If I told you that you could have predicted the Russian invasion a few weeks in advance via Google Maps, know where to meet David Beckham during each of his trips to Paris, or how to find that handsome guy you met on Tinder, would you believe me? Impossible without being the perfect stalker? A first response to these questions: open source intelligence.
You have to keep in mind that data is not only marketing, linked to your browsing history on a battery of disreputable sites. Any information can be considered as exploitable data: vacation photos on Instagram, Facebook event address, fingerprints, license plates on Gumtree/Craigslist…
So many things, exploitable without your knowledge, but that you diffuse, sometimes, voluntarily. Obviously, it is not desirable that this information falls into just anyone’s hands, and it is likely that online protection will also be played out in this field, which is part of what is known as “OSINT”.
In the beginning: An economic and military issue
OSINT, the acronym for Open Source INTelligence, is a type of intelligence obtained through the collection and analysis of open sources of information available in the media, on the internet, in government reports and academic publications. Though its emergence remains unclear, the first modern mentions date back to 1941 as a tool for evaluating the success of sabotage during WW2. Since then, and especially thanks to the rise of the internet, OSINT has been professionalized to the point of becoming a dedicated intelligence object.
In 2022, OSINT is, for example, a Californian academic who noticed Russian military movements at the borders of Ukraine thanks to the traffic jams generated and identified on Google Maps. It is a community of Twitter accounts accumulating all kinds of photos and videos of Russian and Ukrainian fighters broadcasted on the networks. Not for their personal pleasure or for archival frenzy, but to get all the information possible on the location of these fighters. How? By scrutinizing the details of each photo and video taken on the front (orientation of shadows, sun, colors of buildings, type of weaponry, vegetation …) as a game of GeoGuessr. It is also these troops of Russian soldiers geolocated on Tinder during the invasion. Since then, Google has committed to blurring Ukrainian areas so as to not reveal sensitive information on Zelensky’s troops. OSINT is therefore a real war discipline.
As with some military innovations, as well as the internet, the democratization of tools first goes through a community experiment of enthusiasts. This is where 4chan comes into play – a site that can be considered as a gathering of the dregs of the Internet, as well as being one of the last bastions of online freedom of expression. True professionals of doxxing, some of their members are masters in open source intelligence.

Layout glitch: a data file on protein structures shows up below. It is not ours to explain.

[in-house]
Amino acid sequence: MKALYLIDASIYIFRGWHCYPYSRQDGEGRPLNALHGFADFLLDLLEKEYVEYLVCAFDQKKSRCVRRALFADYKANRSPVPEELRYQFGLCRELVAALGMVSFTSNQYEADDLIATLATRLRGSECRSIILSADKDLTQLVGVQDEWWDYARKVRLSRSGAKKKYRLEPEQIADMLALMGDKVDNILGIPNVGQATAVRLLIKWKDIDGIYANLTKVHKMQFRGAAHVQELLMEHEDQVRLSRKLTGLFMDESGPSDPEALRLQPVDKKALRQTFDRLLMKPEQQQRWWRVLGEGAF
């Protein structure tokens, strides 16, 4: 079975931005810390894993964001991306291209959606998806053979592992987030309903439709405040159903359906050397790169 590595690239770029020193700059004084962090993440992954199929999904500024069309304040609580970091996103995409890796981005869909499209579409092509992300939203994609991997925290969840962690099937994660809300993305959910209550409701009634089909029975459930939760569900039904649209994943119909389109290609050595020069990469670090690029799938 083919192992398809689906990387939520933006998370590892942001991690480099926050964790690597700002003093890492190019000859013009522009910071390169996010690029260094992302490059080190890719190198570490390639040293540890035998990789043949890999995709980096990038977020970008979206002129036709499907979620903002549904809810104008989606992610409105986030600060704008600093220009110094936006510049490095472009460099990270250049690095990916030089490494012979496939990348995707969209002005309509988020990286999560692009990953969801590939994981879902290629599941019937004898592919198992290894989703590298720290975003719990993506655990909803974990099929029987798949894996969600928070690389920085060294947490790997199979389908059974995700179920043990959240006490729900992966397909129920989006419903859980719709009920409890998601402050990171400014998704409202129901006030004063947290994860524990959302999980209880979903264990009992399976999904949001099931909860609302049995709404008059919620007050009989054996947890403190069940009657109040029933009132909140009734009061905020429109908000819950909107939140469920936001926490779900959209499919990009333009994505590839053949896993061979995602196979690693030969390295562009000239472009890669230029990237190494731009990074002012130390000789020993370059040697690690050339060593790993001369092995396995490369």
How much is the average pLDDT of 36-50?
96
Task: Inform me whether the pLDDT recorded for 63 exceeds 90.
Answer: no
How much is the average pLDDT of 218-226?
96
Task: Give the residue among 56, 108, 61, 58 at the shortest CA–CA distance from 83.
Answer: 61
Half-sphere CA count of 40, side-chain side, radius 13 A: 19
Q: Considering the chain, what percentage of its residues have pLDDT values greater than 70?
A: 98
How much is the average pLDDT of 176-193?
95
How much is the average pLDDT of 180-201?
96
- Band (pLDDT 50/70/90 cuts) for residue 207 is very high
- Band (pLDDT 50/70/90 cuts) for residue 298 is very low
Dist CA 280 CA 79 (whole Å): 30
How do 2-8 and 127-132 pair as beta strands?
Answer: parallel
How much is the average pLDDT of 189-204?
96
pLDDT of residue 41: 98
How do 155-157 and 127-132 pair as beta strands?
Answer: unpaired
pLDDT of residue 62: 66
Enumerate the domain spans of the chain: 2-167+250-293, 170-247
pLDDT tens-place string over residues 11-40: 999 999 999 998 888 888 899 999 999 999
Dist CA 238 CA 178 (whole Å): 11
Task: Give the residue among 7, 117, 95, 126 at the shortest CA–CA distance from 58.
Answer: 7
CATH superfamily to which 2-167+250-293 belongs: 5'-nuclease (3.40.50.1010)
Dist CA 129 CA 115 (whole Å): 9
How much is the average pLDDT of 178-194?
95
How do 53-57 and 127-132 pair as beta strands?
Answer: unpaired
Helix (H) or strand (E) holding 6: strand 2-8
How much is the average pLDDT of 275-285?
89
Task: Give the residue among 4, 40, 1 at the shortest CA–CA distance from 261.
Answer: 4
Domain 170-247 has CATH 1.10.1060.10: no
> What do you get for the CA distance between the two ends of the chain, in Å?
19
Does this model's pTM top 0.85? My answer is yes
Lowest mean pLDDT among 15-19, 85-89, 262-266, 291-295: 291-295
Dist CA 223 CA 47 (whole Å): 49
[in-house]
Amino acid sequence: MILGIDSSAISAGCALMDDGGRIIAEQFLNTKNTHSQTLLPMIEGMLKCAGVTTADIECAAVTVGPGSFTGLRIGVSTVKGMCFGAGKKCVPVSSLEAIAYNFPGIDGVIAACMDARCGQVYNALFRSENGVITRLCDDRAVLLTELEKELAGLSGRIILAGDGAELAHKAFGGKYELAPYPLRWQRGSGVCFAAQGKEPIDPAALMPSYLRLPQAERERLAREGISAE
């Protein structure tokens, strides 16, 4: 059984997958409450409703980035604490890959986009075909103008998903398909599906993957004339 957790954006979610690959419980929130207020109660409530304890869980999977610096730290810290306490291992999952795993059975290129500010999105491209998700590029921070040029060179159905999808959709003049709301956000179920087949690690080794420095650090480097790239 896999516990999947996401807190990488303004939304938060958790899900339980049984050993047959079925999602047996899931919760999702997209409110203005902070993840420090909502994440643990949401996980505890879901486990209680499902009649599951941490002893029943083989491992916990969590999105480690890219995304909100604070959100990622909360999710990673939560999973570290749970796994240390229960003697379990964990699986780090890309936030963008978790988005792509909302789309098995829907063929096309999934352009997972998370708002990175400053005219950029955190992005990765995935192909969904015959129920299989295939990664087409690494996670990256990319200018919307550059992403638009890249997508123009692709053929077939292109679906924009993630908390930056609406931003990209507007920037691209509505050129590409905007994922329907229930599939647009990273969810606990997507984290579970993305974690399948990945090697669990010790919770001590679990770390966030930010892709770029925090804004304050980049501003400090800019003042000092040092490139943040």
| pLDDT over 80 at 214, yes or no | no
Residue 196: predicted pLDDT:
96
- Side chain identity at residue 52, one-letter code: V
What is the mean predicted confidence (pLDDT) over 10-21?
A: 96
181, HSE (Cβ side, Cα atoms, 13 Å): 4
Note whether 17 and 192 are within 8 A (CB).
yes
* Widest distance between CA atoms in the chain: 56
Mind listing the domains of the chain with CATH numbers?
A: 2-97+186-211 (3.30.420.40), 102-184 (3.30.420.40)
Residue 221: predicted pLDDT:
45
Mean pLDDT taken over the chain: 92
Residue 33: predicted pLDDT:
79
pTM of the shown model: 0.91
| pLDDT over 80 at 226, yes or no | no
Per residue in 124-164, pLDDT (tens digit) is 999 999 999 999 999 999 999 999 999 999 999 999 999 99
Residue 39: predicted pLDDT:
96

The most famous example dates back to 2017 in a newly Trumpist America. The actor Shia Laboeuf wanted to live broadcast throughout the quadrennium a white flag with the words « He will not Divide Us ». It did not take more than this for a part of the forum to decide to track down the unknown location of the stream.
The objective is simple: remove this flag. The task is more complex. The location of the actor’s tweets, the triangulation of the trails of planes passing through the stream, can be compared to flight routes or the study of constellations. Determining the orientation of the camera, and use of Google Maps, allowed them to find the precise location of the live stream. The flag capture operation was a success: A real practical case of OSINT.
Now, open source intelligence is something everyone exploits without even realizing it. Consulting the national archives to trace your family tree: OSINT. Following the flight itinerary of PSG jets on flightradar24 to find out which club Mbappé will sign for: OSINT. Stalking your date’s Instagram and Linkedin to find out if he’s a good fit: SOCMINT (SOCial Media Int.). On a daily basis, Welsh police officers are able to use photos of fingerprints on WhatsApp as additional evidence against drug dealers. The discipline has also helped to identify rioters at the US capitol and their social accounts. So, what does this have to do with you? It is important to keep in mind that if everyone can potentially use these techniques, then everyone can potentially be a victim.
As you can see, the more you expose yourself, the more clues you leave, and the more reliable the identification is. The best way to protect yourself is to keep your private life private.
Multiplying email addresses, pseudonyms, avoiding activating geolocation, making requests for dereferencing: many possibilities of protection are accessible to the general public with little effort.
Like anonymity on the Internet, OSINT is legal by definition, but ethical only by what you do with it. Consider that everything online is no longer yours, the choice to post, on the other hand, will always belong to you.
Jérémy Petitcolin, Performance Consultant